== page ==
Michael Larsen is an endless supporter of the testing community. He is a Black Box Software Testing (BBST) instructor. BBST is a challenging software testing program that I have not yet attended since it is always filled before I have a chance to enroll. My understanding from Michael and from the BBST website is that it is a blended learning approach using videos lectures, quizzes, different homework assignments, and a final exam. The homework and the exam are peer-reviewed. Every participant in the course reviews work submitted by other participants and provides feedback and suggests grades. What I really like about this approach is that you demonstrate your skills through various activities and at the end of it if you pass the course it really means something! Michael also maintains his own blog with interesting postings from book reviews, software testing techniques, and information on conferences. I love Michael’s book reviews because it has helped me identify books for my testing team. Michael also is a facilitator of Weekend Testing Americas and as the chapter has grown more facilitators have been added. I do admire how much Michael gives of himself to the Testing Community and his own beautiful family.
Elisabeth has extensive experience as a developer, tester, manager, and quality engineering director in a variety of companies ranging from small startups to multi-national enterprises. You can learn more about her through her Test Obsessed blog. I love her book Explore It! Reduce Risk and Increase Confidence with Exploratory Testing. It is a small book in size but it is packed with valuable information and you only need to read a few pages to be inspired on how you might approach a testing problem differently. This is a great book to be part of your journal club to slowly work through the material to determine how it influences your testing and how you view testing. Take your time and do not rush the reading. Instead read a few pages and let the information sink in before moving on. I also love her book There’s Always a Duck. It is a collection of her postings from blogging and other places she published. It is a great collection of stories and information spanning her 15-years of writing. I love how she brought together this information in an e-book format making it easier to read and locate information. Elisabeth is a gifted writer and both books are important contributions to the testing community as they hold a wealth of information based upon her experiences.
Recently at work I made a presentation regarding the Software Testing Department future direction. As part of that presentation I shared stories about a few testers who have made a difference in the field. The next day I attended a women’s conference that was focused around “What is your Legacy?” It was a fabulous conference that gets you thinking about how you live your life today forms how people remember you. It forms your legacy. For this posting, I wanted to share a few testers and leaders who are building or have built a great legacy! I hope one of your take-away from this posting is that you can influence change and make a difference. I bet when some of them started blogging on their ideas they did not imagine the impact!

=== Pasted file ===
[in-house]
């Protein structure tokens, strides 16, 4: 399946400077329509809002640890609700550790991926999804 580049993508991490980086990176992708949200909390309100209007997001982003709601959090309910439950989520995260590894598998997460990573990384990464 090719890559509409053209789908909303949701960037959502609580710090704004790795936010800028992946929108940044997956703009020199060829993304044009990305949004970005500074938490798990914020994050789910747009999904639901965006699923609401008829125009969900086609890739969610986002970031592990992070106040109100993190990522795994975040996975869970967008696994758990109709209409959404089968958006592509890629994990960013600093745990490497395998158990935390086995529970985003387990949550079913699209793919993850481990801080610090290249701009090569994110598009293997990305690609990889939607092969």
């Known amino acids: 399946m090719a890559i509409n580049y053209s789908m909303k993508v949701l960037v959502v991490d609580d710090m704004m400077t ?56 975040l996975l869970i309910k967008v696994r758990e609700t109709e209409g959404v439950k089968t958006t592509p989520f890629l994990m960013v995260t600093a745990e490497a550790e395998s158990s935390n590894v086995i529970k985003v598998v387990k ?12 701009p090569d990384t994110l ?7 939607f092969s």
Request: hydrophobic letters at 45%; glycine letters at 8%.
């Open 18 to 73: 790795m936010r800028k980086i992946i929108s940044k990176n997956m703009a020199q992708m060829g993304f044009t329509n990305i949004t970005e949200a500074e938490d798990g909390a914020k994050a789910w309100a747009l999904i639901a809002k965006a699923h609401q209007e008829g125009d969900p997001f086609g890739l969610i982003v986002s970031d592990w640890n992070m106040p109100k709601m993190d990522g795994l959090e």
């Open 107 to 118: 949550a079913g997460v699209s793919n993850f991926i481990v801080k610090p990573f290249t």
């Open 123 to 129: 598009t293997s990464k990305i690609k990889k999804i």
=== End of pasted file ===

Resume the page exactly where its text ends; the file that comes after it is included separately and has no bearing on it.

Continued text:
Many of my readers will know Gerald Weinberg – many consider him the Father of Software Testing as he formed the first official testing department back in the 1950’s. He has inspired so many technical people through his writing, consulting, mentor-ship, and problem-solving training seminars. This short list does not do him credit for his influence in the tech world. For his 75th birthday a book was written to honor him called The Gift of Time that was written by influential testers and consultants to honor him regarding his contribution to Information Technology and how he influenced their careers. Imagine your legacy living on and people honoring you in such a way on your 75th birthday! Jerry writes for Tea-time with Testers and is involved with the content of the e-magazine and provides regular guidance. You can learn more about Jerry through his website.
I have admired Lisa for many many years and was thrilled when we started to connect through social media. Lisa along with Janet Gregory were influential in helping testers find their voice as part of an agile team. I remember when the agile manifesto came out in 2001 and it was an exciting time since many of us worked in waterfall environments where it quite literally took years to get software to our customers. It was wonderful to hear that software could be delivered in smaller increments. But at the same time there was a buzz that testers were no longer needed on these agile teams. What did that mean for our careers? Were we destined to remain in the waterfall world with heavy documentation and long release cycles? Lisa and Janet both made a difference for us testers by finding our voice! I can only imagine how difficult this must have been since being a change agent is a very difficult role to fulfill. You will make sure that you read their book: Agile Testing: A Practical Guide for Testers and Agile Teams.